1. Do we really want to train people that "its ok to use a weak password here, but not there"? What if they get confused which is which? Wouldn't it be better to get them to use somewhat more secure stuff everywhere especially since currently (and all the time in the past) we didn't allow weak passwords?
2. If they can use 'berlin' and 'wombat' is it really that much harder to use 'berlin wombat' ?
3.Yes, I am looking at pwquality config to be the one place to change things and yes, we could look at a workstation specific config, but it would sure be nice not to have to. ;)
4. difok should only happen when changing passwords and there's an old one. There is no enforced password changing so are people really hitting that one very often?
(In reply to Kevin Fenzi from comment #1)
> So, just to be clear here: This is the official position of the Workstation
> Working group?
Hm, I wouldn't say that. We can discuss this specific text at our next meeting if you want. Based on our last password-related meeting, I'm comfortable saying the official position is "libpwquality should accept weaker passwords than currently." The full text of our last meeting on this topic is at  (discussion starts at 15:16:04) so you can get an idea of where everybody stands.
> 1. Do we really want to train people that "its ok to use a weak password
> here, but not there"? What if they get confused which is which? Wouldn't it
> be better to get them to use somewhat more secure stuff everywhere
> especially since currently (and all the time in the past) we didn't allow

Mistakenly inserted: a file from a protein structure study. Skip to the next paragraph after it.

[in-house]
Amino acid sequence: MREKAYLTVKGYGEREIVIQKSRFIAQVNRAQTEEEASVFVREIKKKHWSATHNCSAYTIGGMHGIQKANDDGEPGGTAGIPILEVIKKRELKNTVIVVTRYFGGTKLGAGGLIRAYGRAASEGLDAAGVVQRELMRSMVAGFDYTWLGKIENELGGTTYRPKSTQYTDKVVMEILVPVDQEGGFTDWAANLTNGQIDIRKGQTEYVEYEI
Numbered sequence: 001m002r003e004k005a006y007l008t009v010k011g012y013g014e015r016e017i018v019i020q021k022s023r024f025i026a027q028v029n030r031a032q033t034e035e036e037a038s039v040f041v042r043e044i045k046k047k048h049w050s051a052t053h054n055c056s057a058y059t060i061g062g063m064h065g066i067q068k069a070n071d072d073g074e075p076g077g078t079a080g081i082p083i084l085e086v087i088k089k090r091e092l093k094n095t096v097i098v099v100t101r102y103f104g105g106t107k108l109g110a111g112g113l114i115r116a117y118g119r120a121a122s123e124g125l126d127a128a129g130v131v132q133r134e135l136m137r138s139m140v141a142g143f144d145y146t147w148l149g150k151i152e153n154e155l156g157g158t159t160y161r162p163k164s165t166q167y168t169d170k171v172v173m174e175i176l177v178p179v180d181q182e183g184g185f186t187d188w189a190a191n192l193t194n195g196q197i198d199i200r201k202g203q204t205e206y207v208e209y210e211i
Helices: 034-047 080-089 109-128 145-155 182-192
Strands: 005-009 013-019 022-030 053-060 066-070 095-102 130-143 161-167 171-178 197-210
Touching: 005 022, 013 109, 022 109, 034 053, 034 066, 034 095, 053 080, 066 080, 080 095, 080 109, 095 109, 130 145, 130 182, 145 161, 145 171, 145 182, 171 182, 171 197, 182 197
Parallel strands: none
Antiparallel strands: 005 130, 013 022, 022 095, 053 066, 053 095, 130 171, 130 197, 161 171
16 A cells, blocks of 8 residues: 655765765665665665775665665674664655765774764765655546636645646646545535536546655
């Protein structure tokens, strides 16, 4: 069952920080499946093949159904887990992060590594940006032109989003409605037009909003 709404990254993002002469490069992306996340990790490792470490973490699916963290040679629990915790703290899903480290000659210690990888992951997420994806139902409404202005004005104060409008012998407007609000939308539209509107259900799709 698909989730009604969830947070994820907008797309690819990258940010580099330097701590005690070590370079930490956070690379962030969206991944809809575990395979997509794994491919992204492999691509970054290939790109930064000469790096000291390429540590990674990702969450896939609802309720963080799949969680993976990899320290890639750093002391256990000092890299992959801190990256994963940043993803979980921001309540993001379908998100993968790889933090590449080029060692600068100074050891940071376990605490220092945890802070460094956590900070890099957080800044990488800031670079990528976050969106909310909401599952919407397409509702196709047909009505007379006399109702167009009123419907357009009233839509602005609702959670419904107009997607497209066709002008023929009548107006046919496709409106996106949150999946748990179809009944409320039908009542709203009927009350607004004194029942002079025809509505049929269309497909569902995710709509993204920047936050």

> weak passwords?
If we want to train people to use passwords that are safe for the Internet, where they're regularly stored as unsalted MD5 hashes which attackers routinely gain access to, we're going to need to bump up the requirements to be dramatically greater than the currently are. What I want to do is train people to use long randomly-generated passwords on the web, stored in a password manager (Firefox Sync is a good one). If you can remember your password it isn't strong enough. That doesn't work for a PC where you have to be able to remember your password to log in. :)
> 2. If they can use 'berlin' and 'wombat' is it really that much harder to
> use 'berlin wombat' ?
Personally, I don't think it's much harder, but I also don't think there's any point to enforcing it since in practice the longer password is not actually going to make you safer. Others feel more strongly about this than I do. :)
> 4. difok should only happen when changing passwords and there's an old one.
> There is no enforced password changing so are people really hitting that one
> very often?
The problem is that it is enforced when you do change your password (in gnome-control-center), and it's silly to require password strength to be much greater the second time a password is set.
In my limited testing of libpwquality while I was working on gnome-initial-setup, I was unable to find any password it would rank as anything but the absolute weakest, outside of running its own password generation tool. And I tried passwords like "##r3dh4t%%", or "correct horse battery staple", or otherwise. I have no idea what it wants from me, and the error messages it gives aren't very helpful.